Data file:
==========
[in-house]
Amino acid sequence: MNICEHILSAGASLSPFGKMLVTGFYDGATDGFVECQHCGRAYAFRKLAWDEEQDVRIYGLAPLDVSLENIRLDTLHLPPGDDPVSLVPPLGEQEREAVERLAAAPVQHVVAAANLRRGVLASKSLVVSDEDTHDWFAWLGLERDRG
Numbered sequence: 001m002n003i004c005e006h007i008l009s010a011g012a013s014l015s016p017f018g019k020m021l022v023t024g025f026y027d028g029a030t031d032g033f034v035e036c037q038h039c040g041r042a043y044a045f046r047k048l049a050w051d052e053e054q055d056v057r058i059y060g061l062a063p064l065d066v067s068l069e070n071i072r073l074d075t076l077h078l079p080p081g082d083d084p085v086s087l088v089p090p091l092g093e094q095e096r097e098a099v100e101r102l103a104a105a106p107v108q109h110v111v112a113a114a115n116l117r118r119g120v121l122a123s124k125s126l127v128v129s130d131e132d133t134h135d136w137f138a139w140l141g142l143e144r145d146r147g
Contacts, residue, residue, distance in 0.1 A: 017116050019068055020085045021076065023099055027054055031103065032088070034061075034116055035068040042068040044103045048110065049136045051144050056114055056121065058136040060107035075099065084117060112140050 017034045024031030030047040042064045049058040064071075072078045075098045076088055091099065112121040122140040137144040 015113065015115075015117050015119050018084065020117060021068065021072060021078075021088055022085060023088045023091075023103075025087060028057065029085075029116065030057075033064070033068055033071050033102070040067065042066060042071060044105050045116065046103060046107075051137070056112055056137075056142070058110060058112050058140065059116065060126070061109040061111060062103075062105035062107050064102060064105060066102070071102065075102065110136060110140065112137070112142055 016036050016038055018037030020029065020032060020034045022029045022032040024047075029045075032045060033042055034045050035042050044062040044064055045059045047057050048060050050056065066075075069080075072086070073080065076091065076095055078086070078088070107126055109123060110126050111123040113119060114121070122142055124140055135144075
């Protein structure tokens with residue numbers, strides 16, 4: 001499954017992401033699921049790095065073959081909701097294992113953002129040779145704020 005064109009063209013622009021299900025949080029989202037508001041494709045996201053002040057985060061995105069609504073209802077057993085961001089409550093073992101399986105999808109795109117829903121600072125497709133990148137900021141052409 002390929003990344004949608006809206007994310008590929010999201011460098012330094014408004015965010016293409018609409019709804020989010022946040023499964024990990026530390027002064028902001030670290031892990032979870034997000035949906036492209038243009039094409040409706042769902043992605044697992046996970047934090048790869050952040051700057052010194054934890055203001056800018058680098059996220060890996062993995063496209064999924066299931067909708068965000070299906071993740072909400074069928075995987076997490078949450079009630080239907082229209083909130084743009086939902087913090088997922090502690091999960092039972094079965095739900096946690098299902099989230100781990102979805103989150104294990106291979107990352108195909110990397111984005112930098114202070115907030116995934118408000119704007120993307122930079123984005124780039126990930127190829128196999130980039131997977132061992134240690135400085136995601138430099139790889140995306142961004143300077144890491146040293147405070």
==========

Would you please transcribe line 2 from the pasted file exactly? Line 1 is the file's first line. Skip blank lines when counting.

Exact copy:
Amino acid sequence: MNICEHILSAGASLSPFGKMLVTGFYDGATDGFVECQHCGRAYAFRKLAWDEEQDVRIYGLAPLDVSLENIRLDTLHLPPGDDPVSLVPPLGEQEREAVERLAAAPVQHVVAAANLRRGVLASKSLVVSDEDTHDWFAWLGLERDRG